And I’ll truthfully say this, my family, those that were still at home, would have suffered more than they did, if my five dollars hadn’t helped them out. Because there again I had my meals and my bed. And there were a few people who still had enough money that they could have somebody help them with their work. But the majority of people had absolutely nothing. I mean you just didn’t spend a nickel. You didn’t have it to spend. But everybody came through it. But you learned the value, not only of nickel, but a penny. I still know the value of it. I could stretch a nickel still. Of course, I’ve never been so affluent that I didn’t have to stretch my nickels either. But to me there’d be no challenge to life if you had all the money that you could spend. What good would it do you? You wouldn’t enjoy it. If you could have anything you want, you don’t enjoy it when you get it. When you work for it, you enjoy it. You don’t believe that? That’s true. What you work for you enjoy far more than what is either handed to you or given to you in any way. And to me anybody who doesn’t like to work – now, nobody wants to spend their whole life just slaving – but anybody who doesn’t like to work, doesn’t like to live.

Working at something, is one of the pleasures of life. Even if it isn’t something that isn’t your favorite occupation, you do the best you can at it. And put your best efforts into it. And there’s satisfaction. But just sit and do nothing. What satisfaction do you have? I know some people who seem to, but I doubt it.

SARAH: Do you remember the ’37 flood?

CHRISTINA: Do I? I doubt very much if there’s anybody around who knows more about it than I do. I was working at that time in the building that is next to the Farmer’s Bank in Pomeroy. That big brick building. That was a wholesale business and a residence combined. And the wholesale office was in the corner that’s on Second Street and the other door toward the river was where you entered the residence part. And part of the downstairs was residence. It was a lovely, lovely entrance hall. And a beautiful staircase goes up in that house. In back of that was the dining room. In back of the dining room was the kitchen. Then upstairs were two huge living rooms and all those big bedrooms were at least fifteen by fifteen feet which is a little bit shorter than this room. I think this room is fifteen by eighteen but you don’t see too many hedgers that size. It was a big old place and we had had floods before that and when the water started over the road, about where the Farmer’s Bank parking lot is now, about where their drive-in comes out.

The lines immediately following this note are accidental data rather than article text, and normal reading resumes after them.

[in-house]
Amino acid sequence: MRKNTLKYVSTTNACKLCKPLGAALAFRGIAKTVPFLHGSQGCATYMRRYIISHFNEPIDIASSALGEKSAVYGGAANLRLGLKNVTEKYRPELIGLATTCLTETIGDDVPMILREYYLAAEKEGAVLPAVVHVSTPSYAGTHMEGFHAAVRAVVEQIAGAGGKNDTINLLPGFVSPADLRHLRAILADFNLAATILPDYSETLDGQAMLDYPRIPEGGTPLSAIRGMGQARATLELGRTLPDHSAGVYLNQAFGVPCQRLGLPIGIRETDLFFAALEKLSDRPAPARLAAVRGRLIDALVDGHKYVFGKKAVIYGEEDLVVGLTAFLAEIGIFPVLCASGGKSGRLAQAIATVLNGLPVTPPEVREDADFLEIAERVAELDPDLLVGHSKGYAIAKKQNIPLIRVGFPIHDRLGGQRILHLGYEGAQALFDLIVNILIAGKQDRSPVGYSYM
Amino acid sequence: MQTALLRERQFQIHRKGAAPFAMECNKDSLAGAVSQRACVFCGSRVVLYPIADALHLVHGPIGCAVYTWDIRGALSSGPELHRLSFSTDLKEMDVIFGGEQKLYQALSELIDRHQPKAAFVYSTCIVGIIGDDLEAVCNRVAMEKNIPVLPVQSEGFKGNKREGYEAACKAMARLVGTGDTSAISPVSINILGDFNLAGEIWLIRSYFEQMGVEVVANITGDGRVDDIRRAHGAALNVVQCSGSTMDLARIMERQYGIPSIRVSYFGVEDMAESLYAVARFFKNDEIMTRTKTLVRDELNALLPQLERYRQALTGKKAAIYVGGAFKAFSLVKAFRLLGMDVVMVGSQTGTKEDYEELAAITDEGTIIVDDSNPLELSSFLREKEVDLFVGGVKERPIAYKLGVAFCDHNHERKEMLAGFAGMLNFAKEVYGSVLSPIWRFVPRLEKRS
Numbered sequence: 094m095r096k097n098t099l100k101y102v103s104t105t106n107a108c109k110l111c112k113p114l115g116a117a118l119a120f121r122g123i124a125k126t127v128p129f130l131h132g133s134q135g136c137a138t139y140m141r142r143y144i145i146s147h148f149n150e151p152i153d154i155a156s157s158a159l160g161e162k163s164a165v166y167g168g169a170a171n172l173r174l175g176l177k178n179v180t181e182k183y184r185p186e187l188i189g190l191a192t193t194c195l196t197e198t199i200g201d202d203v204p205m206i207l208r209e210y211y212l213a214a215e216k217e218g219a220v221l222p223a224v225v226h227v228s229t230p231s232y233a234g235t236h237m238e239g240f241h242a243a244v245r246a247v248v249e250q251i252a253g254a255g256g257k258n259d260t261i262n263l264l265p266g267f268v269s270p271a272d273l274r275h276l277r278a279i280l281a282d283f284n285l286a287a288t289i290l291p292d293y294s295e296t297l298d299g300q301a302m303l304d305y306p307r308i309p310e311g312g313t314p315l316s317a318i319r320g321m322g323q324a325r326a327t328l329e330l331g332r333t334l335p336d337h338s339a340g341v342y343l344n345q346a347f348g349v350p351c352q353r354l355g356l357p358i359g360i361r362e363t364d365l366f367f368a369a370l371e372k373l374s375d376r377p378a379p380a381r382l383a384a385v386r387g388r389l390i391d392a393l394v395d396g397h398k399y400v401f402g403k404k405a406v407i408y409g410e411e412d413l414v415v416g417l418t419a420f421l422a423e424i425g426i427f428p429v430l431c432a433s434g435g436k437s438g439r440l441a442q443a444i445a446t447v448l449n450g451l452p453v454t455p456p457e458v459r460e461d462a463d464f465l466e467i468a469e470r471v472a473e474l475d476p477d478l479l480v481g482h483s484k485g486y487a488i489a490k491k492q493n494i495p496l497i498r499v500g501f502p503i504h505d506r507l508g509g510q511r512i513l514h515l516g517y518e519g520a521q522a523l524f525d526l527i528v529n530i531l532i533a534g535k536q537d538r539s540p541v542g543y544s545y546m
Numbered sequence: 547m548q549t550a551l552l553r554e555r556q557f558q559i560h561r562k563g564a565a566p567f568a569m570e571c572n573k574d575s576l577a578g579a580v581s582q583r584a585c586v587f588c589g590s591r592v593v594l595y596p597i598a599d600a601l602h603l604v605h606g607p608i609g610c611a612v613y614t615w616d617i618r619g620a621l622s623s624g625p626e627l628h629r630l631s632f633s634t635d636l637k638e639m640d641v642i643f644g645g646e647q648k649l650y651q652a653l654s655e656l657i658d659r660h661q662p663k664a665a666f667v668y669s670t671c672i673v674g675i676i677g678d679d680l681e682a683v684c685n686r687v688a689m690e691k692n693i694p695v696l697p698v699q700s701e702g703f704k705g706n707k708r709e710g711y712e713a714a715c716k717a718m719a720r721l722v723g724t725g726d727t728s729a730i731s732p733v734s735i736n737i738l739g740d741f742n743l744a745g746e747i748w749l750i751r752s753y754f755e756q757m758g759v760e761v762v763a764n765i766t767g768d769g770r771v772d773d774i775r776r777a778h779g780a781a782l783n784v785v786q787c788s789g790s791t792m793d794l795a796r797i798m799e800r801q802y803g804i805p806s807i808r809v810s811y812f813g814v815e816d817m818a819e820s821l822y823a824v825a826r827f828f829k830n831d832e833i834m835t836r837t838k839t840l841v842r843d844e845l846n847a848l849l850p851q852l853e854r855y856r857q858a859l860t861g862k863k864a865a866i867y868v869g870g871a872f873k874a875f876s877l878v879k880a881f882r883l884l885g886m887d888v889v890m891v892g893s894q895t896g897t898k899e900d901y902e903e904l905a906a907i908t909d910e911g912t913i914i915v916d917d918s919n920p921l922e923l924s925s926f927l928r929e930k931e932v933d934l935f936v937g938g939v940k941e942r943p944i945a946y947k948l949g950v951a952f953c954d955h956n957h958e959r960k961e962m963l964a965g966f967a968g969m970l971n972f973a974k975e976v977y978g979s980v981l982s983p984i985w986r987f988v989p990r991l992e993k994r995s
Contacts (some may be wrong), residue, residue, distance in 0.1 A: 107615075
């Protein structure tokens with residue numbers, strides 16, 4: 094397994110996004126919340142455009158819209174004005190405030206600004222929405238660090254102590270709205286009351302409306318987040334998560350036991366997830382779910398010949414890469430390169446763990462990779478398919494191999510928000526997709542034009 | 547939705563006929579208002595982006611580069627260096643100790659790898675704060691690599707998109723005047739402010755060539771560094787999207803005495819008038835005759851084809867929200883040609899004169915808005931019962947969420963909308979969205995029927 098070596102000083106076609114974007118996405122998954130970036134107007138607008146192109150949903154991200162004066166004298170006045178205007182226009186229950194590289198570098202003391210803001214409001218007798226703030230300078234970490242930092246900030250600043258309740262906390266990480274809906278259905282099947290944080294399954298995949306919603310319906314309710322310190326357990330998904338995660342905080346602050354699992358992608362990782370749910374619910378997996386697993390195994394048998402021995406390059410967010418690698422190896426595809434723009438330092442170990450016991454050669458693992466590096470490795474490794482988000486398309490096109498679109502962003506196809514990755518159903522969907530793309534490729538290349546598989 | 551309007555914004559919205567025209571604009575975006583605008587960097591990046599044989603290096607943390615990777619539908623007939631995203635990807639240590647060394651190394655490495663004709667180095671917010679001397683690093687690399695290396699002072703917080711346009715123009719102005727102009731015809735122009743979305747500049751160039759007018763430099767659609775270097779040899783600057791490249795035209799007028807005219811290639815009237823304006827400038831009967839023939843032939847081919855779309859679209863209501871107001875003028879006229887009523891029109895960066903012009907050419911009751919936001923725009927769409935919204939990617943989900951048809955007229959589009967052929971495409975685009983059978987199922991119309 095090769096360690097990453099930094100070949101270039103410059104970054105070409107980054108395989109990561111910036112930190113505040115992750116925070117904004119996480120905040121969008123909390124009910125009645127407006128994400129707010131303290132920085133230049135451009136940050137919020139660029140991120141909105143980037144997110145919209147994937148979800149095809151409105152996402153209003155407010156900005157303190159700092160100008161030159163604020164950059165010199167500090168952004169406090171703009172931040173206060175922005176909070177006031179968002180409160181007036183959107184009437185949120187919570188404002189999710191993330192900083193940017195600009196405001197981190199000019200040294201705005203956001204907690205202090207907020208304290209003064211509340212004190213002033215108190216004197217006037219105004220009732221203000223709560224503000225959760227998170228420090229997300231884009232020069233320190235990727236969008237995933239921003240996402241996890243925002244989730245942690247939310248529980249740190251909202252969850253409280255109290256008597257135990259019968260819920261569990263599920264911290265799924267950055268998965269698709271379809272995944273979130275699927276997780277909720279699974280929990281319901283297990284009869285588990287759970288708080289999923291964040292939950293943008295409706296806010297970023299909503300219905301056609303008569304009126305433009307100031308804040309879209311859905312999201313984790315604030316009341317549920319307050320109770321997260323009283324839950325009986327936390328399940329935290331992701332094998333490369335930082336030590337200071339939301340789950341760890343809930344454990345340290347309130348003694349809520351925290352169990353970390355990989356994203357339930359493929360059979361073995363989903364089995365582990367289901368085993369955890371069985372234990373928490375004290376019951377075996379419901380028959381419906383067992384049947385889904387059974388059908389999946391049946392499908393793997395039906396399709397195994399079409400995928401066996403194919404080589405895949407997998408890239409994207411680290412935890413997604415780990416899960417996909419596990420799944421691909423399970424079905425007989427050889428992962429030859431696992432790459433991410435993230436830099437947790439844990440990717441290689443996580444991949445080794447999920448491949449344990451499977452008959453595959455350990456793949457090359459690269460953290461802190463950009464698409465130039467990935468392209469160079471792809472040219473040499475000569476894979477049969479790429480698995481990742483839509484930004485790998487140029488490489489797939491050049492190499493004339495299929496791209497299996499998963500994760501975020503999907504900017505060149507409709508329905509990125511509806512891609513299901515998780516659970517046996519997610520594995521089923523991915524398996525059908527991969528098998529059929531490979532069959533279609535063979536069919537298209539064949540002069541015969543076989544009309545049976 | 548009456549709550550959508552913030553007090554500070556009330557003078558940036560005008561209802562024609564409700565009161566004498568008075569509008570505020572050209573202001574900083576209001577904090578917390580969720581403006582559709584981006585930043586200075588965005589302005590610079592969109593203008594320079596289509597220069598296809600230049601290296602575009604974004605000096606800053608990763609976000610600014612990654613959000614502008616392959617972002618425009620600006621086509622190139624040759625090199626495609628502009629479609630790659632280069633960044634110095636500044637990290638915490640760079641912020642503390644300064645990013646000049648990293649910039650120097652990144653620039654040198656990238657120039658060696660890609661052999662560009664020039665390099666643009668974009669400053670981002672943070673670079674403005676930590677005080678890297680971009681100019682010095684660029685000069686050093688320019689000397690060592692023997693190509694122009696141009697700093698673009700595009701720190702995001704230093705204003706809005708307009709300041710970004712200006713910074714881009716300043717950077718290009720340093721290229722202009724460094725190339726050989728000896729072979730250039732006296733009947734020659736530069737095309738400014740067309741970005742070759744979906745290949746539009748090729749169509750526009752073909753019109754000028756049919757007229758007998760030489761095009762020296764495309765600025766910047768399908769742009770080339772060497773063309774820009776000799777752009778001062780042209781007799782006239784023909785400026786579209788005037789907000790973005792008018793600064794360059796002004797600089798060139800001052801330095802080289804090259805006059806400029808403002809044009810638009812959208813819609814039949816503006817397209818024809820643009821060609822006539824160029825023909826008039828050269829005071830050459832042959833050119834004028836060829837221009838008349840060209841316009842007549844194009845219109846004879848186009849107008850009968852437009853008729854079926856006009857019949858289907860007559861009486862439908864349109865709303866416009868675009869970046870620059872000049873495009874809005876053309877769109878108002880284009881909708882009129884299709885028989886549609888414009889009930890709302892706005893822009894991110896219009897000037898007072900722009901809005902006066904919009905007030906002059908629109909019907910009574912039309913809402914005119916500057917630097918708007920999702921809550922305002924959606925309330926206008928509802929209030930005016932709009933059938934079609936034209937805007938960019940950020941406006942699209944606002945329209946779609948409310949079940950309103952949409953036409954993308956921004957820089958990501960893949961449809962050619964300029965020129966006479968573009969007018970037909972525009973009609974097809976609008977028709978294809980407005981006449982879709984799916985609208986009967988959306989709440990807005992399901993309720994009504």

When the water begins to go over the road there, it comes into the basement in that building. Of course, first it comes into the basement and that’s a little higher than it looks because you would expect it to come in there sooner. And, of course, as it rises in the basement it’s rising outside too. And let me see now. We are high and dry in the residence in there when the basement’s full of water but we’re still high and dry when we’re surrounded by water and you can watch the water come up Butternut and down Butternut. And there’s a dry place there at the end of Second Street. But it backs up back there in the back and we used to watch it meet there on Butternut and it would also start running into Second Street. But we’d be surrounded by quite a bit of water and still be dry inside. We had no furnace of course. No gas, but we were dry. But then when it got on the first floor you’d start taking up rugs and moving things up. And there were times when we listened to the forecast and we’d prop up the furniture on bricks. If they’d say it’ll get so high and we knew it would be a matter of inches. And I remember one time when we just propped up the kitchen table and we used to sit at that table and eat whatever we were able to fix with boots on and our feet in the water. And of course, back of the offices we had all this merchandise we sold stacked to the ceiling in there. We had to move all that because if your bottom row got wet, the whole thing would and it would topple over and beside. There was only one time when we lost a few cases of stuff and I dare say we moved it out at least a dozen times. Had to back up the trucks and move that stuff and haul it off somewhere. And that one time we listened too long to the weather forecast and believed them. Stayed up all night and we’d be waiting and watching and late or in the middle of that night, they said there was a change in the forecast and it would be a sunrise. Boy did we work hard to get that stuff out of there. But there was a little bit of it got wet. But that’s the only time any inventory got wet.